Valuing A Business

When I first entered the business brokerage world a number of years ago, a colleague at the firm told me that “every business is overpriced the day it is listed for sale”. Often, it can be a seller who thinks that is what the business is worth or what they need from the sale to either retire, payoff debt, or recoup their investment.

The problem is that none of those reasons make sense or have any bearing on the actual value of the business.

The reality is that most sellers and a similar number of brokers will initially list a business at a price that does not always have any quantifiable reasoning with a plan to lower the price as the market indicates a lack of any meaningful interest.

Keep this in mind: What the vast majority of business owners think their business is worth has zero relationship to its actual value.

So how then can a prospective buyer possibly navigate through this situation? If the seller has a ridiculous price, can a buyer make any headway? First off, forget the asking price. Look at the core business fundamentals. You can deal with price later and EVERYTHING is negotiable. It is far more important to understand the guts of the business, analyze the industry, competition, suppliers and determine whether it is the right business for you to own. Additionally, the key is determining if and how the business can transition to you as the new owner.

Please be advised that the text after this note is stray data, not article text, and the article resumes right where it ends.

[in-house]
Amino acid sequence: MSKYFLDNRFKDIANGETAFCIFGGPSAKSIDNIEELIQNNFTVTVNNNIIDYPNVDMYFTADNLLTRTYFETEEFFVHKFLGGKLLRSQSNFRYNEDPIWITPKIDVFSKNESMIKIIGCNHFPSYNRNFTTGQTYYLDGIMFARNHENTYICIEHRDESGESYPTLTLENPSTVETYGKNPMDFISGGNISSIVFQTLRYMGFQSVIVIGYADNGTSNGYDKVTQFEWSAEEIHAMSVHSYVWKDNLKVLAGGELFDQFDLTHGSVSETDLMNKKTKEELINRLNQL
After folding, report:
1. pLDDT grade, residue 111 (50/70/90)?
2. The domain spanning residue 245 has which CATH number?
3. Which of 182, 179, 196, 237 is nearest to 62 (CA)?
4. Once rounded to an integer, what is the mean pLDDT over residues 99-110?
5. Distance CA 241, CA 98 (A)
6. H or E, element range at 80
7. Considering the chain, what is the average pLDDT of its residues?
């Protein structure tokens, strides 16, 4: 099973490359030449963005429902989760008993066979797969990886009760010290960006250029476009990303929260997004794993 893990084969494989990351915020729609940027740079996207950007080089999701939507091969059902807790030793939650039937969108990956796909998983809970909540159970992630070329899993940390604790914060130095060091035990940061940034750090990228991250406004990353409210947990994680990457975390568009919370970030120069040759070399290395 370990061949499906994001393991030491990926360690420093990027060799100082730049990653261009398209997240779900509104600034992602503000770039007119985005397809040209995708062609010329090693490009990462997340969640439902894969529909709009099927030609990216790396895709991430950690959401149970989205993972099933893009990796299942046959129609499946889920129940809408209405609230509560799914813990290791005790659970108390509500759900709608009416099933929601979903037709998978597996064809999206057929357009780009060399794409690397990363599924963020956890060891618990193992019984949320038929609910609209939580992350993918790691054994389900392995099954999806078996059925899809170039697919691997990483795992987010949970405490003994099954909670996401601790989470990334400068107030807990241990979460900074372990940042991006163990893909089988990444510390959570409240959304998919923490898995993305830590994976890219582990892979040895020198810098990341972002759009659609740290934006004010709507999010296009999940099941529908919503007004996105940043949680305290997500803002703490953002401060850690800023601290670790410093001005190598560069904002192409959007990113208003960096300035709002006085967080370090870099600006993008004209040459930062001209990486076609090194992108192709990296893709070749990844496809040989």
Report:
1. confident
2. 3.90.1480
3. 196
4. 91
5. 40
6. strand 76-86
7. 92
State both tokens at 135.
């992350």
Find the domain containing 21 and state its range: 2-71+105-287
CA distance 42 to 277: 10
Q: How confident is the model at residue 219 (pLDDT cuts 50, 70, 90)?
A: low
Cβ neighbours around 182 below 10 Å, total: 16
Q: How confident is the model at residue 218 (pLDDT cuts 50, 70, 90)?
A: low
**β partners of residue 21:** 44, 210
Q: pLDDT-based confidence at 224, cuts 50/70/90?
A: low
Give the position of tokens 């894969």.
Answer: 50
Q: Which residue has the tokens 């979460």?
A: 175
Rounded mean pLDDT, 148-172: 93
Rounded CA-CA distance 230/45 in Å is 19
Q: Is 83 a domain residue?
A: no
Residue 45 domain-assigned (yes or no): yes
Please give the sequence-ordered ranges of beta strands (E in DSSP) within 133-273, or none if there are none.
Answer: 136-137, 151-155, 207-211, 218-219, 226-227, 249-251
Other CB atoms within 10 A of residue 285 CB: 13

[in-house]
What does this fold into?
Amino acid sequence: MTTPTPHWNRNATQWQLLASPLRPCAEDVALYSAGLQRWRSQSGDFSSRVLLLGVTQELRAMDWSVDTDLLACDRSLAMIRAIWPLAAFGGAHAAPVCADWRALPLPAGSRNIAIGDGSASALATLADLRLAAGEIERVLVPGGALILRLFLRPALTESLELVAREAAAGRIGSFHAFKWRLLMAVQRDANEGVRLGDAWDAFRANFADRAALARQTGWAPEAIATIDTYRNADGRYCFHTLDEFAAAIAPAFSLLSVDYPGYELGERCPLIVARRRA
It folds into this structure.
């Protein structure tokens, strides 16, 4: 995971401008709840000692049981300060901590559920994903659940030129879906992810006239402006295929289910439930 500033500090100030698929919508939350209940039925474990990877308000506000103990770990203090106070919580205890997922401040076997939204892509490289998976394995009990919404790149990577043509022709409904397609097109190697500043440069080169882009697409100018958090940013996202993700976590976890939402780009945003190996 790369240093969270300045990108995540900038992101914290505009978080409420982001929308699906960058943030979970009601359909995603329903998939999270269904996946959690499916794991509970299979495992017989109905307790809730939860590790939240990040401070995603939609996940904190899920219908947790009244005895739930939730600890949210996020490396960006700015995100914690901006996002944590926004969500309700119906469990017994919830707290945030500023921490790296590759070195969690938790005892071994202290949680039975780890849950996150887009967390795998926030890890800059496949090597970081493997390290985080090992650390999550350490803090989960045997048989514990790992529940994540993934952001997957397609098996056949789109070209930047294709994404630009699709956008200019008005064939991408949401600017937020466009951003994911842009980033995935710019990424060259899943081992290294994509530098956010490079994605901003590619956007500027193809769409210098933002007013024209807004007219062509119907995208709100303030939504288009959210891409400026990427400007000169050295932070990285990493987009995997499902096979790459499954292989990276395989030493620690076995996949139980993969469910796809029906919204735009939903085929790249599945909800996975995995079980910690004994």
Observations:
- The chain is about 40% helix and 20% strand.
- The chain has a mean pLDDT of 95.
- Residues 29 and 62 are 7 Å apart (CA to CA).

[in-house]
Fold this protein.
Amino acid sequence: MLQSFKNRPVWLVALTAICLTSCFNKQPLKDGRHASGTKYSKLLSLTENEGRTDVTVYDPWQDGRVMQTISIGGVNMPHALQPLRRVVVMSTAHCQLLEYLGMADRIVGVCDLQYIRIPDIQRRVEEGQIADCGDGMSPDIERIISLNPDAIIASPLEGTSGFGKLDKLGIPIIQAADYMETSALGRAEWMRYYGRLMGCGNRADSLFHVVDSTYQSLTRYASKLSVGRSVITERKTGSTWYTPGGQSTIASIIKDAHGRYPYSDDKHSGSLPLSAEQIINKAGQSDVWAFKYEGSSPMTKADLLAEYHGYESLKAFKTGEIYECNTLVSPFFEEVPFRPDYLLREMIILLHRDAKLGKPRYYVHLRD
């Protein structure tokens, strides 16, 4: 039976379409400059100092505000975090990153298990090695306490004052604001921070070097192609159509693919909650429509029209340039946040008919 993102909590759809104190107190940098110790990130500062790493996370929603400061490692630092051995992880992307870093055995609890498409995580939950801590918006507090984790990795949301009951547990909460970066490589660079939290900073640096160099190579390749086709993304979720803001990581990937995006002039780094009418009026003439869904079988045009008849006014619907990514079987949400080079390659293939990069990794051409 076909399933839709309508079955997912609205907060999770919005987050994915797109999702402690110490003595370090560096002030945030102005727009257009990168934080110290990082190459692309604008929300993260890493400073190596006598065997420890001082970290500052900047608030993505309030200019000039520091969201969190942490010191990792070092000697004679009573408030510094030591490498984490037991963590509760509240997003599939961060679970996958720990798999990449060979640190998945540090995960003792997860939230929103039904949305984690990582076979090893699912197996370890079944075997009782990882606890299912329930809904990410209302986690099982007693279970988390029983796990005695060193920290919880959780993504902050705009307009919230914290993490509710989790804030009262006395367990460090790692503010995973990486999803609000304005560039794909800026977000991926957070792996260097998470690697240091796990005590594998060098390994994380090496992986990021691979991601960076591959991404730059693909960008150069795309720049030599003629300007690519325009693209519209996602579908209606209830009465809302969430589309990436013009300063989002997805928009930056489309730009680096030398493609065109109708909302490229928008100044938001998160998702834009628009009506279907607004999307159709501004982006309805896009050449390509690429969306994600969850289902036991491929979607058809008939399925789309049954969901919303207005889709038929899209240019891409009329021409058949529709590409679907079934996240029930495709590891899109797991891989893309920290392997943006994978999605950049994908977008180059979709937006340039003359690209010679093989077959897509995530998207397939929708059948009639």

Obviously the valuation is important and you do not want to waste a ton of time investigating all other aspects only to be shunned by the seller when it comes time to discuss the purchase price. However, a buyer is better served to first understand the business and industry and to have meaningful conversations with the seller in order to build trust in one another. Negotiations are always more effective that way. The seller will have far more respect for your perspective on the valuation if you know what you are talking about rather than coming on strong and just trying to ram your version of the valuation down the seller’s throat – it won’t work.

Build up credibility with the seller. Learn the generalities of the business and the industry in which it operates. Be an educated and informed buyer. Talk with a level of intelligence. Establish a relationship with the seller. Then, address the valuation and provide quantifiable data to back up your position.

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